Jeffrey LewisMichael Krepon's Shoebox

We are starting a new feature — Michael Krepon’s shoebox.

As you will see from his explanatory note, he has collected quotes over thirty years, largely organized around his book writing projects. (You should check out his most recent book, Better Safe Than Sorry: The Ironies of Living With the Bomb, Stanford University Press, 2009).

Michael has generously agreed to curate the collection, beginning with a gem from Enrico Fermi:


As a kid, I collected baseball cards and put them in shoe boxes. (I still have the entire 1958 Topps baseball set.) When I started working on arms control and nuclear weapons on Capitol Hill in the mid-‘70s, I began snipping and pasting testimony on 4X6 cards, which I filed in shoe boxes. You never knew when a quote or a fact would come in handy during hearings or floor debate. When researching my first book in 1981, my shoe box collection grew. Thirteen books later, I now have thirteen shoe boxes – essential companions for an uneliable memory and limited computer skills.

With Jeffrey’s consent, every week I plan to dip into these shoe boxes and highlight a quote worth remembering, which will be posted on this site. Readers might find these offerings a welcome complement to the immediacy of other postings. If these quotes prompt others from readers, so much the better.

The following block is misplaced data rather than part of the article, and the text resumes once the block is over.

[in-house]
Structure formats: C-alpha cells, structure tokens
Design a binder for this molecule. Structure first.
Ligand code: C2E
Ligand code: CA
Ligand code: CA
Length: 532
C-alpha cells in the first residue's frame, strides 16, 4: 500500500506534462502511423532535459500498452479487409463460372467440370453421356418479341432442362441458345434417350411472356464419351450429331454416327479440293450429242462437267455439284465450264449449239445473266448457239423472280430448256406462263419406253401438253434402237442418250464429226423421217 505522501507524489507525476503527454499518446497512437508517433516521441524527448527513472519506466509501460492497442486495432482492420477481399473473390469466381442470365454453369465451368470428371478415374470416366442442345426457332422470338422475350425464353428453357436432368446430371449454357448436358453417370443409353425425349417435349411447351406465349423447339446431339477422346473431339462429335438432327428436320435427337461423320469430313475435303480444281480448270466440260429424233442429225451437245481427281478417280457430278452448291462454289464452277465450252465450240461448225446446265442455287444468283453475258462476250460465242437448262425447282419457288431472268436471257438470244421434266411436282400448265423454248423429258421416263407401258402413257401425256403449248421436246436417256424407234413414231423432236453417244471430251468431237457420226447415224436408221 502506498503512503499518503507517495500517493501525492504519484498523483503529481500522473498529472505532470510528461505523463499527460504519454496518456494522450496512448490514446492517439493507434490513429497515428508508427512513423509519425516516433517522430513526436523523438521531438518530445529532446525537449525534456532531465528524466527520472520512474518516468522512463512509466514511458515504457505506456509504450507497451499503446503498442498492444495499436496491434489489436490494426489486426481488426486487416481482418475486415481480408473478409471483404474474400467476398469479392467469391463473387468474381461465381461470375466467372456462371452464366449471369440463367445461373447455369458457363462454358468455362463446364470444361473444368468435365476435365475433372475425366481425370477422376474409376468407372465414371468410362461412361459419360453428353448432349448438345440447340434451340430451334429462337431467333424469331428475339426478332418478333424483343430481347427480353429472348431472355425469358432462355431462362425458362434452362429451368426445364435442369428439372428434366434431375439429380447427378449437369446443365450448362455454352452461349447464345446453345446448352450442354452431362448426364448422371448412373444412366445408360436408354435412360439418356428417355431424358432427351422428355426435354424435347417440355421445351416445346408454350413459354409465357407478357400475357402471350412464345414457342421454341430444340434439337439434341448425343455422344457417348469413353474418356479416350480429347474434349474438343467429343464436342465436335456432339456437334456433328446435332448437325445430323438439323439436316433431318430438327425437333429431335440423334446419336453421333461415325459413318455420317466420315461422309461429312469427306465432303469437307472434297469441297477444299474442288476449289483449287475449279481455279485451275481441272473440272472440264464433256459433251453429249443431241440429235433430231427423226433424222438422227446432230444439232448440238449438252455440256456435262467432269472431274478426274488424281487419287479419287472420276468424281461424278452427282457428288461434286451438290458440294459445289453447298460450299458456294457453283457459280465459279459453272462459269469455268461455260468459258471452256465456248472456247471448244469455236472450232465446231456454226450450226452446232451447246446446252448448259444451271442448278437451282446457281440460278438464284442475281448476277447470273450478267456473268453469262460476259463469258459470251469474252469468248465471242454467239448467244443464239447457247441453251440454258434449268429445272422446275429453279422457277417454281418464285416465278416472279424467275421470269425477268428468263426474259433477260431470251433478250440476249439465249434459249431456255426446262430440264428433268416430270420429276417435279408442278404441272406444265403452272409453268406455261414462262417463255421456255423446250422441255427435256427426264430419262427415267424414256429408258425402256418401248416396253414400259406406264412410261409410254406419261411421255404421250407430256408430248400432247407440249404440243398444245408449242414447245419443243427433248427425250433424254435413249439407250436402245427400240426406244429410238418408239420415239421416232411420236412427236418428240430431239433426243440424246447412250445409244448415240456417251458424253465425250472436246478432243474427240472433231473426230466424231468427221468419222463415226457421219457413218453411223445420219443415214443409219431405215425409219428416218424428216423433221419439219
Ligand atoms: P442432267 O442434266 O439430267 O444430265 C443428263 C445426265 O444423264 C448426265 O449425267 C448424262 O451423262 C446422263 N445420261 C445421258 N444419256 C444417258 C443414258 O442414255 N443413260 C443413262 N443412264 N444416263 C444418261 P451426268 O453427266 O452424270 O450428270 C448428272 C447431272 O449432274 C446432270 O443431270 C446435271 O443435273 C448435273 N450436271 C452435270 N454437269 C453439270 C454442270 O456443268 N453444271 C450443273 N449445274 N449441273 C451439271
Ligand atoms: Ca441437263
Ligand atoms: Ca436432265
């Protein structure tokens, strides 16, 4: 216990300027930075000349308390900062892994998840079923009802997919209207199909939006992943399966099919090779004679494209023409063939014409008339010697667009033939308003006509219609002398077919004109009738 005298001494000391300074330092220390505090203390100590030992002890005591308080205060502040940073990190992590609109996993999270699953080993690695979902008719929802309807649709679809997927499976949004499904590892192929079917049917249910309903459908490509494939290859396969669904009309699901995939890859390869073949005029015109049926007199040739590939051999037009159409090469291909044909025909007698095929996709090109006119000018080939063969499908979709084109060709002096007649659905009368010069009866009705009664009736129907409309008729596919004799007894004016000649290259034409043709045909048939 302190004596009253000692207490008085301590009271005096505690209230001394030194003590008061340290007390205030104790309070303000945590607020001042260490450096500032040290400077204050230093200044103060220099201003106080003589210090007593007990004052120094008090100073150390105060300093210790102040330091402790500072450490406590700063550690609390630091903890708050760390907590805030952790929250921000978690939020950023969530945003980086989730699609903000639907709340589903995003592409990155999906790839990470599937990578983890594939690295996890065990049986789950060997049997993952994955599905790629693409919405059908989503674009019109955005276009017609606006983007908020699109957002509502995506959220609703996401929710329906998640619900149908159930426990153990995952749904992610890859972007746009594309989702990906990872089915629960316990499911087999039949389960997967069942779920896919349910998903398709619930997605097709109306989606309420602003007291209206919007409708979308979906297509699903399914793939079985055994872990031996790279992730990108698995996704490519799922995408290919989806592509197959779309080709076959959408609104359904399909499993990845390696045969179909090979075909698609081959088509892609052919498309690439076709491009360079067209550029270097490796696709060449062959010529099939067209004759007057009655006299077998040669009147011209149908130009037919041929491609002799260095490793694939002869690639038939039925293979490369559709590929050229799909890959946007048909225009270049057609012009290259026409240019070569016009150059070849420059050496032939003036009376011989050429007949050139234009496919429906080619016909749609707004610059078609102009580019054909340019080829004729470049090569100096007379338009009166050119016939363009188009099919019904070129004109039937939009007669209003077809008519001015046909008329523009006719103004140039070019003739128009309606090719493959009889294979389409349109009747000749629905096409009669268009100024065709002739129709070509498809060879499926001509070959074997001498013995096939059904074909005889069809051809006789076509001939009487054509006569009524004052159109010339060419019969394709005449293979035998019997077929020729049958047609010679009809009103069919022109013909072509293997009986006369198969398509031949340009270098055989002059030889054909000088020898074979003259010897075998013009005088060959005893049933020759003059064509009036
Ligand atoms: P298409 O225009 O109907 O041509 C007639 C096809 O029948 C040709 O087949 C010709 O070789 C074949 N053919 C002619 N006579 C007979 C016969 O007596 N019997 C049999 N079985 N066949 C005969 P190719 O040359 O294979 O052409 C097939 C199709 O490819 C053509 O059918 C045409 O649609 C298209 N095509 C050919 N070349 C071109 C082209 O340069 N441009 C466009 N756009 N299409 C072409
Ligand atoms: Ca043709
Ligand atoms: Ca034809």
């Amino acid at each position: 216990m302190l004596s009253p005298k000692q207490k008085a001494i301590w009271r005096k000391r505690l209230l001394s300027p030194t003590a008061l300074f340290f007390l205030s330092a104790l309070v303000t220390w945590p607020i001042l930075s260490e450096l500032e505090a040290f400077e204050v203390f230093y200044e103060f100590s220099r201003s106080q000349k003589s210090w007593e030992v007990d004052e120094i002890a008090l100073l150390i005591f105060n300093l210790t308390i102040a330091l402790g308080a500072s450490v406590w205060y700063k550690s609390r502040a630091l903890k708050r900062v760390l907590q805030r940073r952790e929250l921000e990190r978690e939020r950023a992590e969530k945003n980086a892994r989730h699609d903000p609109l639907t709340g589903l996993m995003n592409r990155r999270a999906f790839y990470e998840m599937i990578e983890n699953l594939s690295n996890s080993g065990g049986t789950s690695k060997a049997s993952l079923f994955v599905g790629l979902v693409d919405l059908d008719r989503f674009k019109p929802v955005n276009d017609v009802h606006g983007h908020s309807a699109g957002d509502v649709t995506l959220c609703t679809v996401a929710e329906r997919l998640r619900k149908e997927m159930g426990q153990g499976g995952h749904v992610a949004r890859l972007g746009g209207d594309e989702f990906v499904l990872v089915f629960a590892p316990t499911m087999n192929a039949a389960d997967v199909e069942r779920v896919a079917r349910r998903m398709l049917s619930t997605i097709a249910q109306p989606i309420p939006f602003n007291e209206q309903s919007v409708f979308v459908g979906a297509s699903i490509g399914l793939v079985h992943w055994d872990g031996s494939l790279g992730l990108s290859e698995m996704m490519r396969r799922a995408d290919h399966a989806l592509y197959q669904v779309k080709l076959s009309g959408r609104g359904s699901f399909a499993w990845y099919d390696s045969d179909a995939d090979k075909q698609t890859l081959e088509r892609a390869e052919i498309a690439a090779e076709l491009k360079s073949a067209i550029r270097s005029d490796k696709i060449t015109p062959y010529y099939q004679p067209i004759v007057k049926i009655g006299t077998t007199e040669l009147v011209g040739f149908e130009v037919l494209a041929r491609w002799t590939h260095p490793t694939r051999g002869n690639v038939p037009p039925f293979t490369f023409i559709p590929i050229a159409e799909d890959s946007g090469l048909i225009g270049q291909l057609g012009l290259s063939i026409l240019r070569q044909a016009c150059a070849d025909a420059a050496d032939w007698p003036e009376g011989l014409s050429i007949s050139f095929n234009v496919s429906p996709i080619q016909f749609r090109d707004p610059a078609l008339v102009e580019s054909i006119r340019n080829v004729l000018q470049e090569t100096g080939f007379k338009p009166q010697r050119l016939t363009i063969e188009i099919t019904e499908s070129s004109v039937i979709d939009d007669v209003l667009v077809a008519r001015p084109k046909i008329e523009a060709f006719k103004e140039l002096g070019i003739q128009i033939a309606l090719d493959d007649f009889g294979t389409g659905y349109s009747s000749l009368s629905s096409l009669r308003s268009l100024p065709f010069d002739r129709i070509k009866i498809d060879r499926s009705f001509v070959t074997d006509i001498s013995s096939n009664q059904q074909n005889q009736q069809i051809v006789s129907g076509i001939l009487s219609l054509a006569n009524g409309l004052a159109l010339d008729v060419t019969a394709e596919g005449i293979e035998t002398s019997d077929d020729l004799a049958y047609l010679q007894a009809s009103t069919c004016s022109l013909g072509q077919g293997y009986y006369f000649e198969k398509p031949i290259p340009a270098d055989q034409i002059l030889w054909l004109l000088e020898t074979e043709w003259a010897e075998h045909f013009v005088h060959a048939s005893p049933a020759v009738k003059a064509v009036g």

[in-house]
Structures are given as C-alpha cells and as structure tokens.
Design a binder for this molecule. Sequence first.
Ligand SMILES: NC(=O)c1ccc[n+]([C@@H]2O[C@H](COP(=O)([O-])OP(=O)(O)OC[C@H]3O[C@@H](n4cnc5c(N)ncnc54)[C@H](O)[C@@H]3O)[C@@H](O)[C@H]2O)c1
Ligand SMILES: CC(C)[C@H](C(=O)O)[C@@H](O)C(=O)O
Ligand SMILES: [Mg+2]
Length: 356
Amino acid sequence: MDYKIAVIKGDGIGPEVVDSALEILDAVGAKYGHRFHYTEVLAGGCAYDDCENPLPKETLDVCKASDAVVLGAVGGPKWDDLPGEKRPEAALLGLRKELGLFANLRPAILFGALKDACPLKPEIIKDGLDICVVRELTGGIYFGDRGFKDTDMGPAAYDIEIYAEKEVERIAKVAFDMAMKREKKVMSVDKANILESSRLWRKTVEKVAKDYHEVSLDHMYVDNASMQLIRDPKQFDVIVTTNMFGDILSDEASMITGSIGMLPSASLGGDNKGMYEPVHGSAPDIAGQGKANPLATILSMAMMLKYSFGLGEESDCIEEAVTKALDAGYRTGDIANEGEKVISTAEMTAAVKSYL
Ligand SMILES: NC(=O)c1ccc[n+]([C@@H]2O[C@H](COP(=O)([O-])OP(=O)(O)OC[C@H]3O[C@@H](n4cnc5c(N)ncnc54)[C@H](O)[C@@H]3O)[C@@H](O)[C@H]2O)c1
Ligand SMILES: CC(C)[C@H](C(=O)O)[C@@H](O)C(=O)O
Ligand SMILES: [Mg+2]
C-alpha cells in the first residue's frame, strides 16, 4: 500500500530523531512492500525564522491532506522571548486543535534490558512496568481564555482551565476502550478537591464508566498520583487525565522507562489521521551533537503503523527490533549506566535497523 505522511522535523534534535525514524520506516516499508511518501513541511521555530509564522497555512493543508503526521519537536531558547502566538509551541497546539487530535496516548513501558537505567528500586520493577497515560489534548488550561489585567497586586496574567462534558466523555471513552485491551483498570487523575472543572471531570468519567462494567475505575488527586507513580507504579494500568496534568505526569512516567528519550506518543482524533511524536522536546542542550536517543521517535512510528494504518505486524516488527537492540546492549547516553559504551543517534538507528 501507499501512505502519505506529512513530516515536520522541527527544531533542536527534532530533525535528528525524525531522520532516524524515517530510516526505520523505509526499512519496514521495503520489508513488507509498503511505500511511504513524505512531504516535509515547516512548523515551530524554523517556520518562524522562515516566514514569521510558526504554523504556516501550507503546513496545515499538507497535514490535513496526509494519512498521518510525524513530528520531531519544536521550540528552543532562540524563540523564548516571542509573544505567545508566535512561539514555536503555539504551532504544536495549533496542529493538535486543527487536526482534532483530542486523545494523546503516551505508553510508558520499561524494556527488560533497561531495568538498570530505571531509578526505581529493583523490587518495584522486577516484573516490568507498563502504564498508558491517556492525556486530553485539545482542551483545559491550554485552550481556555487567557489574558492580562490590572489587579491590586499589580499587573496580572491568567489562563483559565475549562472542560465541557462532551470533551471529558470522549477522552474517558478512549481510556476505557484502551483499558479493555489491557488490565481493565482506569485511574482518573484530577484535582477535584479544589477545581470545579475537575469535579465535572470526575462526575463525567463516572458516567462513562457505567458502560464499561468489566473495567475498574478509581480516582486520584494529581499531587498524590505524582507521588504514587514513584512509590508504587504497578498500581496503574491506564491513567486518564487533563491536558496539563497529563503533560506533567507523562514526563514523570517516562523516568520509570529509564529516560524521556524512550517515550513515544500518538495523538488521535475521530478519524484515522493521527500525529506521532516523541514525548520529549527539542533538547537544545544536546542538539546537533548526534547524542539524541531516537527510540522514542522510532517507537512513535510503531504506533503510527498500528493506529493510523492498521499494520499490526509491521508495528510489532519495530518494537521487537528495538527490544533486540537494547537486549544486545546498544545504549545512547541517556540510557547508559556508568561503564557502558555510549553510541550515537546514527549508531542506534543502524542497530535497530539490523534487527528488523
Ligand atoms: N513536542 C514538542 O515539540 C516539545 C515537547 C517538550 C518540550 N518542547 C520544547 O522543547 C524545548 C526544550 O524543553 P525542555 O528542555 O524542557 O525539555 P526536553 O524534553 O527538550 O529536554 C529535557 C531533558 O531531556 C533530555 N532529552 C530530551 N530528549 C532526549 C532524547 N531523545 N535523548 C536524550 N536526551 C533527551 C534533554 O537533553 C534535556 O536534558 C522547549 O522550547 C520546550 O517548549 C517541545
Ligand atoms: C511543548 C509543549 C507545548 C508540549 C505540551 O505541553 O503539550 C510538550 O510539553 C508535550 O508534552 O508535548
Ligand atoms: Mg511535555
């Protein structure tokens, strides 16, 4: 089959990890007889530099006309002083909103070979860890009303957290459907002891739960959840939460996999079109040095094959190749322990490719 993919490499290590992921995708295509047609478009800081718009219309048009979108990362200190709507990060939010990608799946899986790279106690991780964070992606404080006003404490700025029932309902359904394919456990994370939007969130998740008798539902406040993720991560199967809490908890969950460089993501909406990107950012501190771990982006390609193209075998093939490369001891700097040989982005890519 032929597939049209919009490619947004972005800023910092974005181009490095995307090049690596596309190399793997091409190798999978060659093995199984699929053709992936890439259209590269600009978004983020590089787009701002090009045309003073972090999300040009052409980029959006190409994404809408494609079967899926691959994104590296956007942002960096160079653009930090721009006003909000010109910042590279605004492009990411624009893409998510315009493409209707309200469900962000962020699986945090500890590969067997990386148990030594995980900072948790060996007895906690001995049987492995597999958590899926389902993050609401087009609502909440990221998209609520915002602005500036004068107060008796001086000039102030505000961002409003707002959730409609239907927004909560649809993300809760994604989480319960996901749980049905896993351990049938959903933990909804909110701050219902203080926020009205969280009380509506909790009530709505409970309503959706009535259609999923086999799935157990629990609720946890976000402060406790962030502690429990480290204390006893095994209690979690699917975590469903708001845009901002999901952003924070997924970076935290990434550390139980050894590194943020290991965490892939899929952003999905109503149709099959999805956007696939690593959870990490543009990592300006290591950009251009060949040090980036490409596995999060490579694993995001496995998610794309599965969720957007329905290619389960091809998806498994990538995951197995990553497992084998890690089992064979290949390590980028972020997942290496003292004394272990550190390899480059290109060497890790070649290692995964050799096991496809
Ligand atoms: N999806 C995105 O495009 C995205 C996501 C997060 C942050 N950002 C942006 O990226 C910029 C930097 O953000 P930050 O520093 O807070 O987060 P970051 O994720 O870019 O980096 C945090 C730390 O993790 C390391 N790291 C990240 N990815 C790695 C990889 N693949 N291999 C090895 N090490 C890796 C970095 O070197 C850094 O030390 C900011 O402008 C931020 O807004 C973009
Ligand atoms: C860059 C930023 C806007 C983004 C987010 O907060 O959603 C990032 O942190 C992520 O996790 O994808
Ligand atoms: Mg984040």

To start this off, let’s go back to the beginning, to Enrico Fermi’s quip about nuclear energy in the summer of 1945:

It would be nice if it could cure the common cold

Fermi was one of many atomic scientists who took part in the Manhattan Project, despite grave forebodings. I came across this quote when reading an essay by J. Robert Oppenheimer, “The Environs of Atomic Power,” published in 1957. In Oppenheimer’s retelling, Fermi’s observation about the Bomb was made “not quite without seriousness.”


  1. Lee (History)

    As a former research assistant for Michael who has cut numerous quotes for his infamous 4 × 6 cards, this comes as a welcome reminder of my time with him. I pilfered his collection mercilessly but I learned more from the man himself.

  2. Anonymous

    Vacuum tubes are not only reliable they are also highly resistant in a high radiation environment and this might be pretty useful

  3. Alex W. (History)

    Fermi’s quip reminds me in some vague way of the line from Al Rogers’ 1954 song, The Hydrogen Bomb: “Every dollar I make goes for taxes and bills / Perhaps they’ve discovered the cure for my ills.” (A wonderful song, incidentally. Part of the the Atomic Platters set. Really perfect, spot-on vocals for the subject matter.)